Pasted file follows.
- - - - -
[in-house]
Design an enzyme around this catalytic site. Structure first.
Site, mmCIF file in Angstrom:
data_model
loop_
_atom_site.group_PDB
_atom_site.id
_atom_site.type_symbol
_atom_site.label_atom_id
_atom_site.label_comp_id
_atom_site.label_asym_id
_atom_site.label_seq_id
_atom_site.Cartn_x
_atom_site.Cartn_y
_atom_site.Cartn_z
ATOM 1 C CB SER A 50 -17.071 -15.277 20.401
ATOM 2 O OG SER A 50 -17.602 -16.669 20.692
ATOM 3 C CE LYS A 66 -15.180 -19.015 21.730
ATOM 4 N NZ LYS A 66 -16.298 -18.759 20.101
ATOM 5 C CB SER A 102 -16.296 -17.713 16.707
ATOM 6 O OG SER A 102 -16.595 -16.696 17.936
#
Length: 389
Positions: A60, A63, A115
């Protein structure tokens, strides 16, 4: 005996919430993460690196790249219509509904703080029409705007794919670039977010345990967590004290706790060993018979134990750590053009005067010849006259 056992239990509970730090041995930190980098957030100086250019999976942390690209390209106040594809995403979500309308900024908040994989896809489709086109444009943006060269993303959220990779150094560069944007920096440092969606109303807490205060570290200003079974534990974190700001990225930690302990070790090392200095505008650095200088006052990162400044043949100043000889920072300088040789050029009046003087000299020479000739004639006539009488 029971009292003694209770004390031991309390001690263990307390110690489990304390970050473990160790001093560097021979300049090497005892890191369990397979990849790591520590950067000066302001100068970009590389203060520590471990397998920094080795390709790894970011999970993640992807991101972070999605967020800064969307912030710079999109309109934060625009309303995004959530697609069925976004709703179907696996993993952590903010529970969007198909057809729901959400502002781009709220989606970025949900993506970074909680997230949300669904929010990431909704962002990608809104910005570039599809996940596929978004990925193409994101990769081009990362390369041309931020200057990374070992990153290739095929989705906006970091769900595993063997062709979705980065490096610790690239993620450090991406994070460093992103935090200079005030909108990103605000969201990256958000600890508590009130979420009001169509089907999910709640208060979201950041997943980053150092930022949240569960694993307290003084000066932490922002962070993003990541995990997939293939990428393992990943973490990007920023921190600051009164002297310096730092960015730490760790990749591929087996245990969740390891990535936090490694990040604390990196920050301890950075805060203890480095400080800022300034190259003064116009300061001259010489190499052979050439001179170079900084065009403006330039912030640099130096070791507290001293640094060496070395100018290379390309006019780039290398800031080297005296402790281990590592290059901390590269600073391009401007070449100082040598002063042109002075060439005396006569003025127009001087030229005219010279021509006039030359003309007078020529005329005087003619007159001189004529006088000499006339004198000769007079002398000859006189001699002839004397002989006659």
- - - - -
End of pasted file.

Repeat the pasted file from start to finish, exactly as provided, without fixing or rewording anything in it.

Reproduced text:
[in-house]
Design an enzyme around this catalytic site. Structure first.
Site, mmCIF file in Angstrom:
data_model
loop_
_atom_site.group_PDB
_atom_site.id
_atom_site.type_symbol
_atom_site.label_atom_id
_atom_site.label_comp_id
_atom_site.label_asym_id
_atom_site.label_seq_id
_atom_site.Cartn_x
_atom_site.Cartn_y
_atom_site.Cartn_z
ATOM 1 C CB SER A 50 -17.071 -15.277 20.401
ATOM 2 O OG SER A 50 -17.602 -16.669 20.692
ATOM 3 C CE LYS A 66 -15.180 -19.015 21.730
ATOM 4 N NZ LYS A 66 -16.298 -18.759 20.101
ATOM 5 C CB SER A 102 -16.296 -17.713 16.707
ATOM 6 O OG SER A 102 -16.595 -16.696 17.936
#
Length: 389
Positions: A60, A63, A115
């Protein structure tokens, strides 16, 4: 005996919430993460690196790249219509509904703080029409705007794919670039977010345990967590004290706790060993018979134990750590053009005067010849006259 056992239990509970730090041995930190980098957030100086250019999976942390690209390209106040594809995403979500309308900024908040994989896809489709086109444009943006060269993303959220990779150094560069944007920096440092969606109303807490205060570290200003079974534990974190700001990225930690302990070790090392200095505008650095200088006052990162400044043949100043000889920072300088040789050029009046003087000299020479000739004639006539009488 029971009292003694209770004390031991309390001690263990307390110690489990304390970050473990160790001093560097021979300049090497005892890191369990397979990849790591520590950067000066302001100068970009590389203060520590471990397998920094080795390709790894970011999970993640992807991101972070999605967020800064969307912030710079999109309109934060625009309303995004959530697609069925976004709703179907696996993993952590903010529970969007198909057809729901959400502002781009709220989606970025949900993506970074909680997230949300669904929010990431909704962002990608809104910005570039599809996940596929978004990925193409994101990769081009990362390369041309931020200057990374070992990153290739095929989705906006970091769900595993063997062709979705980065490096610790690239993620450090991406994070460093992103935090200079005030909108990103605000969201990256958000600890508590009130979420009001169509089907999910709640208060979201950041997943980053150092930022949240569960694993307290003084000066932490922002962070993003990541995990997939293939990428393992990943973490990007920023921190600051009164002297310096730092960015730490760790990749591929087996245990969740390891990535936090490694990040604390990196920050301890950075805060203890480095400080800022300034190259003064116009300061001259010489190499052979050439001179170079900084065009403006330039912030640099130096070791507290001293640094060496070395100018290379390309006019780039290398800031080297005296402790281990590592290059901390590269600073391009401007070449100082040598002063042109002075060439005396006569003025127009001087030229005219010279021509006039030359003309007078020529005329005087003619007159001189004529006088000499006339004198000769007079002398000859006189001699002839004397002989006659």